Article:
The Qouch is the Queer Psychoanalysis Society’s publishing platform. We are a network of scholars, writers, and students invested in researching and promoting psychoanalytic methodologies for the study of queer culture and identity. By “queer” we do not limit our scope to gay and lesbian culture, but instead we aim to broaden the concept of queer to encompass all non-normative social practices. We recognize the role that innovations in psychoanalytic theory has played in the development and theorization of queer identity over the course of the past century, from Freud’s concept of polymorphous perversity that posits all subjects begin in a pre-hetero/homo queer state to Lacan’s split subject for whom there is no natural complimentarity between the object and the aim of desire in the symbolic. Our network aims to bring attention to new work in the fields of psychoanalysis and queer theory and to encourage their cross-pollination through communication across disciplines. The Queer Psychoanalysis Society does not endorse any one methodology over others, nor do we adhere dogmatically to every psychoanalytic principle. Rather, we believe that all methodologies should be held to a critical lens and that a constructive discourse woven out of multiple perspectives will expand the horizons of psychoanalytic and queer inquiry.
We welcome contributions from scholars, writers, and artists that work in the field of queer studies and/or psychoanalysis and we welcome you to submit an inquiry to our email account about featuring your work.
About the Editors
Diego Costa is a filmmaker and Provost research fellow at the University of Southern California in the Interdivisional Media Arts & Practice (iMap) doctoral program. He is also a teaching assistant in the Gender Studies department. Costa’s film work explores the symptomatic relationship between queer flesh and queer psyche in essayistic self-fiction and domestic ethnography modes. As an academic Costa focuses on a dynamic hybridization of Queer Theory and Lacanian Psychoanalysis in thinking through digital sexual economies, barebacking, gender-nonconformant children and all things Brazil.
Chase Dimock is a PhD candidate in Comparative and World Literature at the University of Illinois. He specializes in 20th century American, French, and German literature with an emphasis in Queer Theory, Feminism, Psychoanalysis and Marxism. As a Graduate Assistant, he has taught courses on western literature spanning the ancients to the existentialists as well as courses on gender studies, erotic literature, and representations of the Holocaust. He is currently working on a dissertation tentatively titled “The American Sexual Diaspora in France: Queer Itinerancies and the Birth of the Gay Modernist Subject.” His research is devoted to exploring interwar queer sexualities in the works of lost and forgotten American expatriate authors and how the established French canon of gay authors and French gay culture influenced the construction of an American queer subject. Chase Dimock is also a regular contributor to the arts and politics magazine As It Ought To Be, Lambda Literary, and his poetry has been published in Polari Journal.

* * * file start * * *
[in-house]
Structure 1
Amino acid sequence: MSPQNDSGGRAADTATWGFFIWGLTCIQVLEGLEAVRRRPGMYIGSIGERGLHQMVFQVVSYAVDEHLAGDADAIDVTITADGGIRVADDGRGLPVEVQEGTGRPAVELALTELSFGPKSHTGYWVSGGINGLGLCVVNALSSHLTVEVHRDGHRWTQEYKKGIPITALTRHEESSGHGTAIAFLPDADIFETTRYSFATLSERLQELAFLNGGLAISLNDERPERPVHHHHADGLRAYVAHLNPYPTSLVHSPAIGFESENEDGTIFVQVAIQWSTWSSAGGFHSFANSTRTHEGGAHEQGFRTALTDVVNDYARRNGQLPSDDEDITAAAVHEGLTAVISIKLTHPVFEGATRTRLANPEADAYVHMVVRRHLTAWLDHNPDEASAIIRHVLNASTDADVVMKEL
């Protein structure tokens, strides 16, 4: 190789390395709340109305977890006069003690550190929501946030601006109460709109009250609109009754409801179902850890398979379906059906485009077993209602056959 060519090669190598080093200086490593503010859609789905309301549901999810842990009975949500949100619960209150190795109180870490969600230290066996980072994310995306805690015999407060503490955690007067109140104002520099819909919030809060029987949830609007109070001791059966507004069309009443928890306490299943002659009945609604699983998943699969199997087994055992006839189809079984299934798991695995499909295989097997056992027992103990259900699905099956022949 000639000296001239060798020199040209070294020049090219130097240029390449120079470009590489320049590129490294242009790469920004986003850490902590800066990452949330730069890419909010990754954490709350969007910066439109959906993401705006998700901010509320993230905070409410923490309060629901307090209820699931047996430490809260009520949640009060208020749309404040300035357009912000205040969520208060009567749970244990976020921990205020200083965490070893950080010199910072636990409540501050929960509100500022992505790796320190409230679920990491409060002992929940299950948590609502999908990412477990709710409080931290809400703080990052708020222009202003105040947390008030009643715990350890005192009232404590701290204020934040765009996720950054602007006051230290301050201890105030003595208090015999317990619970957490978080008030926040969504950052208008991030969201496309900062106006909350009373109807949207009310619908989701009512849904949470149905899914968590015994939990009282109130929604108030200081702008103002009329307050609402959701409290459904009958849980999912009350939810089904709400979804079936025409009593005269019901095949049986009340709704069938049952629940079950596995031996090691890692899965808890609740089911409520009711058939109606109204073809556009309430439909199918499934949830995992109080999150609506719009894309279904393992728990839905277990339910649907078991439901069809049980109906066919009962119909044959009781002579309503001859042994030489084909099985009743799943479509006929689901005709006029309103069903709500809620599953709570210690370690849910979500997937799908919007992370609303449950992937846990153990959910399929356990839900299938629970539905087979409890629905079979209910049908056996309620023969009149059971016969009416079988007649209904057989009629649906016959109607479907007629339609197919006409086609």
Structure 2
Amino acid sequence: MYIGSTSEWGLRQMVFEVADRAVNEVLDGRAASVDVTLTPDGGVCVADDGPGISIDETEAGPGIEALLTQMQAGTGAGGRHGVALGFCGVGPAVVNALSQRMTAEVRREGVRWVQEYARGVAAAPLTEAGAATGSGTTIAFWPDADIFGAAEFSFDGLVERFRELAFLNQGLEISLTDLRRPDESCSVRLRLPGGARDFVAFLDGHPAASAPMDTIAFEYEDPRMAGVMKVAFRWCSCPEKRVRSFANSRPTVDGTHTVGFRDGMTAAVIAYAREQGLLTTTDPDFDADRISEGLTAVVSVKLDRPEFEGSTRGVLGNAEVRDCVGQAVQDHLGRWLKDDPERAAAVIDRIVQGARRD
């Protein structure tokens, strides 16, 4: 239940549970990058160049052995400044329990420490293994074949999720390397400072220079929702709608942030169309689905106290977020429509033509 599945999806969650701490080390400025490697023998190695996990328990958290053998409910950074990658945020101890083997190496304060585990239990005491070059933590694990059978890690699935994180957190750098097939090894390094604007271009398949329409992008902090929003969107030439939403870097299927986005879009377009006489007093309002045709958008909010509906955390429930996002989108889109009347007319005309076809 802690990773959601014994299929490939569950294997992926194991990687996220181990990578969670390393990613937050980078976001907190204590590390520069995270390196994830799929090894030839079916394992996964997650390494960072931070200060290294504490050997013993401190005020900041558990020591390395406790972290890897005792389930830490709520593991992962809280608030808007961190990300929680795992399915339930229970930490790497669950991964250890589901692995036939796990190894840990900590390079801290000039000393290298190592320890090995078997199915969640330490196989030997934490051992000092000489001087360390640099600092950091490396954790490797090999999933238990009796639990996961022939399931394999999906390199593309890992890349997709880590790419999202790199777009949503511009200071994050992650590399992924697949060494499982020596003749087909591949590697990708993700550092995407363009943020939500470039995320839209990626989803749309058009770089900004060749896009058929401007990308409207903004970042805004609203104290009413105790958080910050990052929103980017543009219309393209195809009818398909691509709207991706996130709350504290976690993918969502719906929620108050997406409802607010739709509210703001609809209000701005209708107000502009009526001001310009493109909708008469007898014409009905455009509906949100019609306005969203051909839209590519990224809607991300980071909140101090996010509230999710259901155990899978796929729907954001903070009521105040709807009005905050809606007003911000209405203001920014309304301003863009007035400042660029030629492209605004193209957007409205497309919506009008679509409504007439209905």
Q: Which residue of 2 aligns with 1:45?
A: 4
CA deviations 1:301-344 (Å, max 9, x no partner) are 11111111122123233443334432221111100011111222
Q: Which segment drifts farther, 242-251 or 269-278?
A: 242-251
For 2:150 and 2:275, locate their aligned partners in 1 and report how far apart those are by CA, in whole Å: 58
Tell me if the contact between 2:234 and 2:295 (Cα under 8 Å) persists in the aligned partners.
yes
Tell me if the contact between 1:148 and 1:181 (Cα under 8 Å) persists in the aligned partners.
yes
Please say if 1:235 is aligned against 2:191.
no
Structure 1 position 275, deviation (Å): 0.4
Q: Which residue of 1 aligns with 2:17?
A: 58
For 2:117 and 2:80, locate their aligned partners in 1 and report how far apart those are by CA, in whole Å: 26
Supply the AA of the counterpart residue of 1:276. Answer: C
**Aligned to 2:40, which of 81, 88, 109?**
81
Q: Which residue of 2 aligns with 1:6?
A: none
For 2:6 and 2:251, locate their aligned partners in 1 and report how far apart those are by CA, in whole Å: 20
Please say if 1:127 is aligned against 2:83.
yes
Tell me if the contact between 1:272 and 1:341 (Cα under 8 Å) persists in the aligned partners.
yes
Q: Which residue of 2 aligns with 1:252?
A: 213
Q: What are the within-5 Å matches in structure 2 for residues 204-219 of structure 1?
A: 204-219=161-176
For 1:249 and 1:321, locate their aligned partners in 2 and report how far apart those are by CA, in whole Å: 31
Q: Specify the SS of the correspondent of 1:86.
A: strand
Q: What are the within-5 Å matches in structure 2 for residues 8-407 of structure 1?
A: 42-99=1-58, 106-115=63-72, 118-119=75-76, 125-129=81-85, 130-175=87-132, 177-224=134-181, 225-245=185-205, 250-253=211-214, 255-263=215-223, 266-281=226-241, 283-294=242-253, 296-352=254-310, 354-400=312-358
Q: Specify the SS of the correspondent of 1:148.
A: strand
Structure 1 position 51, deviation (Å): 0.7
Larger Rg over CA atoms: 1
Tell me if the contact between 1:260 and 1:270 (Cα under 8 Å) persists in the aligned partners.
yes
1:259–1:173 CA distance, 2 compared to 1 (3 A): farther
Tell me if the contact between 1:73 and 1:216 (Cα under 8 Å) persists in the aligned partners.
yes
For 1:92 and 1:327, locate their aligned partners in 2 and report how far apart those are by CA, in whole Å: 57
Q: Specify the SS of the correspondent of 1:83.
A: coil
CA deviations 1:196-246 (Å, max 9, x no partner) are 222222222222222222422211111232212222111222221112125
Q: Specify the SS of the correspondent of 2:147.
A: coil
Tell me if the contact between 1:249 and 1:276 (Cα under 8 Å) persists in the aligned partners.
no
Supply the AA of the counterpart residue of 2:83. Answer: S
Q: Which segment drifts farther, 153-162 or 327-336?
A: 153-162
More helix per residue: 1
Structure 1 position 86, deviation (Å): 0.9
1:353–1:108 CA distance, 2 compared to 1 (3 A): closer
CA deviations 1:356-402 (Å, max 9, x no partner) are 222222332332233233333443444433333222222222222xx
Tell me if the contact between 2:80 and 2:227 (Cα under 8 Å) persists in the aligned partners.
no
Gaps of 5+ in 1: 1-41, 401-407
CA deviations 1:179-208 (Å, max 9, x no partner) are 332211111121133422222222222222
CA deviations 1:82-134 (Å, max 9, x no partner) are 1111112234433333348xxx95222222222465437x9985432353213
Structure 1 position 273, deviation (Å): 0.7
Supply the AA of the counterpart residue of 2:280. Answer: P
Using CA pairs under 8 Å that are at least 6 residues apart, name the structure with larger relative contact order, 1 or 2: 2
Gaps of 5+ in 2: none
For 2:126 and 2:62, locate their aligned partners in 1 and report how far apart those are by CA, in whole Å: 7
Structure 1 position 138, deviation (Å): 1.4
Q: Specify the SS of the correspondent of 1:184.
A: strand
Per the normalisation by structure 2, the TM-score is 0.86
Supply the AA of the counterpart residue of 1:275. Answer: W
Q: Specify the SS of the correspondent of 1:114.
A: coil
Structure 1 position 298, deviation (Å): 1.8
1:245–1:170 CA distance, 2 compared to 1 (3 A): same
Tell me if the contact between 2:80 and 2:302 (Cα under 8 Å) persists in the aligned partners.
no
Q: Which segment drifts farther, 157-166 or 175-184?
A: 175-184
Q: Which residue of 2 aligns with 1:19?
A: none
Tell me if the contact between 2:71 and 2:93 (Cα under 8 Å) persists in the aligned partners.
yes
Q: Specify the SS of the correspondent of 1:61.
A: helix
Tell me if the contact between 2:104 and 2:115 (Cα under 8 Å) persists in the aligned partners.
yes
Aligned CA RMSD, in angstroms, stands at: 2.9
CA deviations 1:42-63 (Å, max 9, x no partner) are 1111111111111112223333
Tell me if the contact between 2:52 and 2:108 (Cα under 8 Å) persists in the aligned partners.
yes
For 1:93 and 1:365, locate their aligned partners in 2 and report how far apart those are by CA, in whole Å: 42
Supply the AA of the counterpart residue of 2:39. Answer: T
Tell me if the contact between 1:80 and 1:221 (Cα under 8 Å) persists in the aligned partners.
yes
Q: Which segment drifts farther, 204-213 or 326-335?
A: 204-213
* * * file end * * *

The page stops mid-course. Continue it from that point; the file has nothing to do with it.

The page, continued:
Alejandra Josiowicz is a PhD Candidate and a Teaching Assistant in the Department of Spanish and Portuguese Languages and Cultures at Princeton University. She has received fellowships from the National Council for Science and Research (Argentina), the Princeton Program in Latin American Studies and the Cornell University School of Criticism and Theory. She specializes in Modern Latin American Culture, with emphasis on Brazil, Argentina and the Caribbean. Her research interests include Gender Theory, Queer Studies, Psychoanalysis, Childhood Studies, Modernisms and Race. She has published “Ethical imagination. A reading of Varia imaginación, by Sylvia Molloy” Mora, Buenos Aires (2010), “Writing, intimacy and gender: Katherine Mansfield & Clarice Lispector” cadernos pagu, São Paulo (2010) and “Towards the internationalization of Latin American Literary Criticism. Ángel Rama rereads José Martí with Rimbaud” The Colorado Review of Hispanic Studies, Boulder (2008), among others. She is currently writing her dissertation on the relationship between literature, childhood and modern culture in a select group of Latin American writers